I appear at the kitchen door, spiritual equivalent of a wet dog from a storm, tail tucked, trembling. You open your lives, this life, provide prayerful provision, a vigorous toweling down, a large bowl of kibbles. I curl up and sleep safe on the rug by your heart, the chapel that warms His, and so, restored, return to the weary world rejoicing, perhaps to provide a bracing swig from the fiery word, perhaps to lead a lost one home. ~Bonnie Thurston “Strays” from O Taste and See
How many times have I shown up muddy, cold, hungry and you invited me in, dried me off, offered me your supper, let me sleep warmed and safe?
How many times did I go back out into the world with every good intention of doing the same for other strays and yet get lost again myself?
You call me back, whistle me in, open the door to let me know no matter how much of a mess I’m in your hearth, your heart await my return.
“I alternate between thinking of the planet as home
– dear and familiar stone hearth and garden –
and as a hard land of exile in which we are all sojourners.”
~Annie Dillard from Teaching a Stone To Talk
I find it very difficult to admit I am as temporary as a dew drop on a leaf, a mere mirrored reflection of this incredible place where I dwell. I want it to last, I want it etched in stone, I want to be remembered beyond the next generation, I want not to be lost to the ether.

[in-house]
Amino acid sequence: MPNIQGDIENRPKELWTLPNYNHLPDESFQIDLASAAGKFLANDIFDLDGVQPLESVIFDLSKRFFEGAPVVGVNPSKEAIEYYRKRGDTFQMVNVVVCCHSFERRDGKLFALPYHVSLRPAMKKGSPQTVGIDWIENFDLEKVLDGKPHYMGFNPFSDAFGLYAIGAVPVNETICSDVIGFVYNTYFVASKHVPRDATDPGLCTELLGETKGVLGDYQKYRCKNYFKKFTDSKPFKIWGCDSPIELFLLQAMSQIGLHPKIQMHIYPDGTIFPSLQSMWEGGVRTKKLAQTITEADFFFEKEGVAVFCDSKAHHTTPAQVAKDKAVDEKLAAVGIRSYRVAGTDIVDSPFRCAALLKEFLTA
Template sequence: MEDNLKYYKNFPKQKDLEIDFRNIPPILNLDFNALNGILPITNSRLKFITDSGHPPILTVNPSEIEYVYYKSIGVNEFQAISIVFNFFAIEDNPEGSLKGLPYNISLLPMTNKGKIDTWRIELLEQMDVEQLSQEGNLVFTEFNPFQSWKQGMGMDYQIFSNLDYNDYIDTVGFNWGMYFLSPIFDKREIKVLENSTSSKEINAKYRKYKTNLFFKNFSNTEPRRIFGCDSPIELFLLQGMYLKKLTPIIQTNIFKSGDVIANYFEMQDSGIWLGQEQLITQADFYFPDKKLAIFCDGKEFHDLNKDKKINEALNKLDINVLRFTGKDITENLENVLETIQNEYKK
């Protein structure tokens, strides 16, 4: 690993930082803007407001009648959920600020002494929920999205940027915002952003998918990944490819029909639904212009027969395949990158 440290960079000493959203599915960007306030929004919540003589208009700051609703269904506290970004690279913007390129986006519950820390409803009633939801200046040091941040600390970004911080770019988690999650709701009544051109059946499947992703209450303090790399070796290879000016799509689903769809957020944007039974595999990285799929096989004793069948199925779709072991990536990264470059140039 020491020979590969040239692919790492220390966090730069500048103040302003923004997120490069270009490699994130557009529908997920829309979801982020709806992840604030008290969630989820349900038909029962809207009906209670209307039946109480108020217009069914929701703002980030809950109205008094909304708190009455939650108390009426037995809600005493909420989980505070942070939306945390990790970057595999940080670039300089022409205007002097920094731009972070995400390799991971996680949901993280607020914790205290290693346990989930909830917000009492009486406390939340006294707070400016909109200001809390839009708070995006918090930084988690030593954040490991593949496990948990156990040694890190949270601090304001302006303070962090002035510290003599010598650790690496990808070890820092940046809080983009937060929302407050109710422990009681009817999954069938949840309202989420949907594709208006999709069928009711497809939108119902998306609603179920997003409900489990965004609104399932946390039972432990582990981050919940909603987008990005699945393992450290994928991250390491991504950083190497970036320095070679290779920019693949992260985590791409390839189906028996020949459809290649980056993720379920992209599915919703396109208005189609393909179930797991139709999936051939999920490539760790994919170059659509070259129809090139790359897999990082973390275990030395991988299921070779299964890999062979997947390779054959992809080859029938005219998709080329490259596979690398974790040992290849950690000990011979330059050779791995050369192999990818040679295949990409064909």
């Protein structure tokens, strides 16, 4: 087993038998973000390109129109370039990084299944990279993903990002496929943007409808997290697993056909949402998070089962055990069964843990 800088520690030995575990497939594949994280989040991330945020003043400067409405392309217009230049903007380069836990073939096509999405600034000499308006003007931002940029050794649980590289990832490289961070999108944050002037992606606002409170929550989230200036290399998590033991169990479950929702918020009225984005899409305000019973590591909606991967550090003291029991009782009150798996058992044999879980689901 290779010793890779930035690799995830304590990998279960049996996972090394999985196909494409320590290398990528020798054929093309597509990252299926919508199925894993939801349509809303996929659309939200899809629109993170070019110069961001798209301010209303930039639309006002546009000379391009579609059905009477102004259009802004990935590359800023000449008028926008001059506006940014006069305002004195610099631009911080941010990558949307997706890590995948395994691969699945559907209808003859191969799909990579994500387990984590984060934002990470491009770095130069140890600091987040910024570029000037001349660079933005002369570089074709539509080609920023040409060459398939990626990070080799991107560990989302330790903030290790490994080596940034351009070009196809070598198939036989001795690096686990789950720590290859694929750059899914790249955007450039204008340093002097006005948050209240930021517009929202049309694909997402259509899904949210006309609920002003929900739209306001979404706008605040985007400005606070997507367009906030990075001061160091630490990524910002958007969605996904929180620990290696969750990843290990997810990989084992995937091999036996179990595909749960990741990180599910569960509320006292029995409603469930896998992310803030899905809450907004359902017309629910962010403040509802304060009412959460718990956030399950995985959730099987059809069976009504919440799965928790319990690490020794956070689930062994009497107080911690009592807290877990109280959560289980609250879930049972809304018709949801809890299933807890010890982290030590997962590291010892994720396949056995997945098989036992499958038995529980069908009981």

Yet I, like everyone, am sojourner only, not settled and certainly not lasting. As a garden flourishes and then dies back, so will I. This is exile in the wilderness until I am led back home.
“Sundays too my father got up early And put his clothes on in the blueback cold, then with cracked hands that ached from labor in the weekday weather made banked fires blaze. No one ever thanked him.
I’d wake and hear the cold splintering, breaking. When the rooms were warm, he’d call, and slowly I would rise and dress, fearing the chronic angers of that house,
Speaking indifferently to him, who had driven out the cold and polished my good shoes as well. What did I know, what did I know of love’s austere and lonely offices?”
– Robert Hayden, Those Winter Sundays